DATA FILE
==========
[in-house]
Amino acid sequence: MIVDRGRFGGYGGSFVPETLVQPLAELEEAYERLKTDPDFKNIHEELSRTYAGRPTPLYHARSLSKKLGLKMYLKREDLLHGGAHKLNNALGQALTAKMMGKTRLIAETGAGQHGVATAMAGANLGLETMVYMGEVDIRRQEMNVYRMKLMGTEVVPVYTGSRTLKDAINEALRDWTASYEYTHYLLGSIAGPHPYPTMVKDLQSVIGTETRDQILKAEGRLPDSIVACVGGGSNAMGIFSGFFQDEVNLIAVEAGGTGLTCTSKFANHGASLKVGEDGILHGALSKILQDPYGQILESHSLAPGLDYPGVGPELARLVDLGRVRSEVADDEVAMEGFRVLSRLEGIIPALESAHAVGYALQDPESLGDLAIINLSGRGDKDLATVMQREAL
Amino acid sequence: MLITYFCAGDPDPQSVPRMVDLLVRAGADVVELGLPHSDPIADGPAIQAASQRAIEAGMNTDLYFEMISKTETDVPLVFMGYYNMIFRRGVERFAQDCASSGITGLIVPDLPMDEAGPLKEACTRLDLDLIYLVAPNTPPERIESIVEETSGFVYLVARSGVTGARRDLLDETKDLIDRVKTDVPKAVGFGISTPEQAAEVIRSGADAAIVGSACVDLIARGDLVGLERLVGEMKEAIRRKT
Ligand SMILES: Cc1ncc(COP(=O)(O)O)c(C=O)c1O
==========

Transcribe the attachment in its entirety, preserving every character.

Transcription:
[in-house]
Amino acid sequence: MIVDRGRFGGYGGSFVPETLVQPLAELEEAYERLKTDPDFKNIHEELSRTYAGRPTPLYHARSLSKKLGLKMYLKREDLLHGGAHKLNNALGQALTAKMMGKTRLIAETGAGQHGVATAMAGANLGLETMVYMGEVDIRRQEMNVYRMKLMGTEVVPVYTGSRTLKDAINEALRDWTASYEYTHYLLGSIAGPHPYPTMVKDLQSVIGTETRDQILKAEGRLPDSIVACVGGGSNAMGIFSGFFQDEVNLIAVEAGGTGLTCTSKFANHGASLKVGEDGILHGALSKILQDPYGQILESHSLAPGLDYPGVGPELARLVDLGRVRSEVADDEVAMEGFRVLSRLEGIIPALESAHAVGYALQDPESLGDLAIINLSGRGDKDLATVMQREAL
Amino acid sequence: MLITYFCAGDPDPQSVPRMVDLLVRAGADVVELGLPHSDPIADGPAIQAASQRAIEAGMNTDLYFEMISKTETDVPLVFMGYYNMIFRRGVERFAQDCASSGITGLIVPDLPMDEAGPLKEACTRLDLDLIYLVAPNTPPERIESIVEETSGFVYLVARSGVTGARRDLLDETKDLIDRVKTDVPKAVGFGISTPEQAAEVIRSGADAAIVGSACVDLIARGDLVGLERLVGEMKEAIRRKT
Ligand SMILES: Cc1ncc(COP(=O)(O)O)c(C=O)c1O